The finale of “Survivor: Kaoh Rong” is next week, but before the Final 5 is narrowed down to four let’s take a look at what angles each of them could possibly take in making their case to be named the sole survivor. To help illustrate each of their games so far, it makes sense to compare their style to a past winner — a reminder that if there’s one thing the 31 seasons have proved it’s that there are many styles of play. Take a look at my analysis below and let me know down in the comments section if you agree or disagree. Then be sure to vote in our poll on who you think will outwit, outplay and outlast the others to become the sole survivor.
Aubry Bracco — More than any of her competitors, Aubry’s game has been focused on keeping a core alliance together and putting that alliance’s needs ahead of her own. Case in point is her decision to vote with the alliance to oust Debbie Wanner, a move that in the end may have actually helped her long game. If Aubry makes it to the final tribal council a likely factor for a win will be this loyalty, while on the flip side the case could be made against her that without the decisions of others — like voting out Debbie — she wouldn’t have survived. On “Survivor: Tocantins” eventual winner J.T. Thomas played a similar game based on loyalty, but like Aubry was able to cut the liabilities of his alliance loose, sometimes indirectly, before they became a threat to his game. I don’t think Aubry can win a unanimous vote like J.T. did, but negative opinions of who she’s up against could lead to a landslide victory.
Cydney Gillon — If there are strong negative opinions against any of the potential finalists, they’ll most likely be directed at Cydney. Unlike Aubry, Cydney has played a poor social game. By routinely calling out others both at camp and during tribal council, as well as multiple alliance switches, she must have left sour tastes in the mouths of original tribe mates Scot Pollard and Kyle Jason. When it comes to past survivors with abrasive social games many runners-up come to mind, but two of the most notorious previous winners — Rob Mariano (“Redemption Island”) and Sandra Diaz-Twine (“Pearl Islands” and “Heroes vs. Villains”) — are also some of the most aggressive. In terms of strategy though, Cydney is most like Sandra, both of whom employed an “as long as it’s not me” style of play that focused on a day-by-day, vote-by-vote path through shifting alliances.
Joseph Del Campo — If Cydney will be remembered for an abrasive game, then Joe will be remembered for the exact opposite. It’s hard to talk about Joe’s strategy outside of what Aubry has (seemingly) decided for him — the two have been more or less joined at the hip since the beginning, with many other players commenting on the fact that wherever Aubry goes, Joe goes. If it was shaky at the start, this bond was solidified when Debbie was voted out, leaving Joe with no one to make his decisions except Aubry. In looking back on former winners, very few coattail riders have won the game, but when they have the key has always been being up against other finalists carrying a lot of negative baggage with the jury. Bob Crowley did not win “Survivor: Gabon” because he outwitted or outplayed the rest, he won because he outlasted a group of the most unlikable people to ever play. If you ask me, Joe can’t win because he’s already allowed all the villains to be voted out, but if he does it’ll be just as shocking and just as wrong as when Bob did.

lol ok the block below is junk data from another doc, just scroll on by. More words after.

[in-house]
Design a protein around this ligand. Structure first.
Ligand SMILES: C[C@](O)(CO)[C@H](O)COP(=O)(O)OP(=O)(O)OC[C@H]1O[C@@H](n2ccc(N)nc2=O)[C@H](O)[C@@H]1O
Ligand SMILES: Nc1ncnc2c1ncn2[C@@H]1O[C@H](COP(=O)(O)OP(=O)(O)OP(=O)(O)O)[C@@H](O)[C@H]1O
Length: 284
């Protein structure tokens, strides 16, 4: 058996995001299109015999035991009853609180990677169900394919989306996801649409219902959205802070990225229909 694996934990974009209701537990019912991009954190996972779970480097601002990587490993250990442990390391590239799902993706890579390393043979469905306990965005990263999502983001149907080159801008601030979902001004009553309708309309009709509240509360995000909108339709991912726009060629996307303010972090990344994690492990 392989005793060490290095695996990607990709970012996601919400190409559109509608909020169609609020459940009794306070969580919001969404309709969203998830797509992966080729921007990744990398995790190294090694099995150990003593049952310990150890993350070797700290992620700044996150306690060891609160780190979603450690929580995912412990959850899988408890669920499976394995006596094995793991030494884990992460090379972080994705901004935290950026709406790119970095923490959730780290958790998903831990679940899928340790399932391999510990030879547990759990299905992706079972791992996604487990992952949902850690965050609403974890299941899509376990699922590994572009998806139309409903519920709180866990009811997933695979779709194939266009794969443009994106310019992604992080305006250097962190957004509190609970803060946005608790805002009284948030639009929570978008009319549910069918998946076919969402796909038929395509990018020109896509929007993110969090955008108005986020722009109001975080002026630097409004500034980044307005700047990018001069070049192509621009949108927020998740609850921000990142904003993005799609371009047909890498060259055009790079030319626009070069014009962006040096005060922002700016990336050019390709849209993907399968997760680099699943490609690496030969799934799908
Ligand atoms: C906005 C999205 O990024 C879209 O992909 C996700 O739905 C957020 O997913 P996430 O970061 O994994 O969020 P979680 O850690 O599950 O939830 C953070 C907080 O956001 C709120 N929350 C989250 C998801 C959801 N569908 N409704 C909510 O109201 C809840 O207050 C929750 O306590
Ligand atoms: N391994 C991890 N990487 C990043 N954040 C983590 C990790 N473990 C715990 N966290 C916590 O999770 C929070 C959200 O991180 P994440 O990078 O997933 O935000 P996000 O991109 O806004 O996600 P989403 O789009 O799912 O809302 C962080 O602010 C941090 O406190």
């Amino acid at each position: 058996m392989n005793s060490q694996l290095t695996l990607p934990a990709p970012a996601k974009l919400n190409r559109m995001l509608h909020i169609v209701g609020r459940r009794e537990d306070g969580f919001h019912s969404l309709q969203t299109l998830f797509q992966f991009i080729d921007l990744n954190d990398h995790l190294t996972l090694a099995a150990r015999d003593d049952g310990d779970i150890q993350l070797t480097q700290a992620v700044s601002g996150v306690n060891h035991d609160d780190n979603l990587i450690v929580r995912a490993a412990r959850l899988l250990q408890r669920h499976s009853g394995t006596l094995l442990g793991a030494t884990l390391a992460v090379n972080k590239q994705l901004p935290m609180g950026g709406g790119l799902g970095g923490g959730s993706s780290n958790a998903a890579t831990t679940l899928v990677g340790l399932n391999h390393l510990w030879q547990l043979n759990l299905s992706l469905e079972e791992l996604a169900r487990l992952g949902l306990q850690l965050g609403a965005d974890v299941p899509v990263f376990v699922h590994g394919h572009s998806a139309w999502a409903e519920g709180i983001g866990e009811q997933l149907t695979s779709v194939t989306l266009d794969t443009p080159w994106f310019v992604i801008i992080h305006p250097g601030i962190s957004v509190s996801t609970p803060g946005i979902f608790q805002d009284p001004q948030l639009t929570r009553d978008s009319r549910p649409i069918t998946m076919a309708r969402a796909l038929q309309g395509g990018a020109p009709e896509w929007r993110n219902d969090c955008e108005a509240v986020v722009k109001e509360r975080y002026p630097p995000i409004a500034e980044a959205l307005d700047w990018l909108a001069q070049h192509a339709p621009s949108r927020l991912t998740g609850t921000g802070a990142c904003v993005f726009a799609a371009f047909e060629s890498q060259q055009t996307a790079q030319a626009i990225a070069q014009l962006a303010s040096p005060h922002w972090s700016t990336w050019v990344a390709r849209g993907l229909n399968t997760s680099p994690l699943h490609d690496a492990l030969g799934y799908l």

Michele Fitzgerald — Michele was under the radar for the majority of the season — at the beginning it seemed as though Anna Khait was the power player in her alliance and when Anna was gone that role fell to Julia Sokolowski. It wasn’t until Michele allowed Julia to be voted out that she finally blossomed into a decision-making role of her own. In “Survivor: China,” eventual winner Todd Herzog began his journey in a similarly unassuming position and it wasn’t until the final weeks of play that his strategy really came into clear focus. Like Michele, Todd took parts of his main alliance and shifted it in a safer direction when he got rid of both Frosti and James. The key to Michele’s win will be whether or not she understands and can communicate to the jury the importance of Julia’s elimination in terms of her own game — something Todd was so impressive at doing.
Tai Trang — Of the five left, Tai’s game has been the most like a roller coaster. He started the game appearing to be the outsider looking in, but his surprising friendships first with Caleb Reynolds and second with Scot helped secure him the alliances he needed to stay. But it wasn’t until he secured himself a hidden idol and then knowledge of the super idol that he became the most threatening player in the game. Last season on “Survivor: Second Chance” eventual winner Jeremy Collins was in a season-long position of power because of his two idols. Jeremy also shifted alliances a number of times, but with much more grace than Tai has been able to accomplish which may ultimately lead to his downfall. The hiccup in Tai’s game is that his threat level has never been a secret, but if he makes it to the finals the case for him to win will be just as obvious as it was for Jeremy’s jury.